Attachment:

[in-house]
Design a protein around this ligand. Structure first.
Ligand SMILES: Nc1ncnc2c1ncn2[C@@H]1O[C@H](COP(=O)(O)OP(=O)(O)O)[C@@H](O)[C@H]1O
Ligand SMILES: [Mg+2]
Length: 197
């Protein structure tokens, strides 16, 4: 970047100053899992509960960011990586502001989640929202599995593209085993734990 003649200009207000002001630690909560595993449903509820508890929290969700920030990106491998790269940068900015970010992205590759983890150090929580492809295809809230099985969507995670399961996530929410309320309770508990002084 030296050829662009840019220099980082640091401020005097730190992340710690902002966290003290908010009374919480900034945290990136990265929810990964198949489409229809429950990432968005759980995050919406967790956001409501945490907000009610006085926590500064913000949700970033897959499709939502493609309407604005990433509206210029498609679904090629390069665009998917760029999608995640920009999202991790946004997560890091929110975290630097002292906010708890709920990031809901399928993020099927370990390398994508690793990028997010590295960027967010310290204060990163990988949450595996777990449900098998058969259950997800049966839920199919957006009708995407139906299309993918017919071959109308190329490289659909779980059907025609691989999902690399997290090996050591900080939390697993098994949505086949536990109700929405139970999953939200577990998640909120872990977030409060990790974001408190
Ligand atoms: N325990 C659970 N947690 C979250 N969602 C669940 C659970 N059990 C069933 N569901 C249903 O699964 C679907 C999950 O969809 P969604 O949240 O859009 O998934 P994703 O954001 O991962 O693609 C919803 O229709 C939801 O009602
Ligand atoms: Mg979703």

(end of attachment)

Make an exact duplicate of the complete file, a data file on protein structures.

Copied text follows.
[in-house]
Design a protein around this ligand. Structure first.
Ligand SMILES: Nc1ncnc2c1ncn2[C@@H]1O[C@H](COP(=O)(O)OP(=O)(O)O)[C@@H](O)[C@H]1O
Ligand SMILES: [Mg+2]
Length: 197
């Protein structure tokens, strides 16, 4: 970047100053899992509960960011990586502001989640929202599995593209085993734990 003649200009207000002001630690909560595993449903509820508890929290969700920030990106491998790269940068900015970010992205590759983890150090929580492809295809809230099985969507995670399961996530929410309320309770508990002084 030296050829662009840019220099980082640091401020005097730190992340710690902002966290003290908010009374919480900034945290990136990265929810990964198949489409229809429950990432968005759980995050919406967790956001409501945490907000009610006085926590500064913000949700970033897959499709939502493609309407604005990433509206210029498609679904090629390069665009998917760029999608995640920009999202991790946004997560890091929110975290630097002292906010708890709920990031809901399928993020099927370990390398994508690793990028997010590295960027967010310290204060990163990988949450595996777990449900098998058969259950997800049966839920199919957006009708995407139906299309993918017919071959109308190329490289659909779980059907025609691989999902690399997290090996050591900080939390697993098994949505086949536990109700929405139970999953939200577990998640909120872990977030409060990790974001408190
Ligand atoms: N325990 C659970 N947690 C979250 N969602 C669940 C659970 N059990 C069933 N569901 C249903 O699964 C679907 C999950 O969809 P969604 O949240 O859009 O998934 P994703 O954001 O991962 O693609 C919803 O229709 C939801 O009602
Ligand atoms: Mg979703």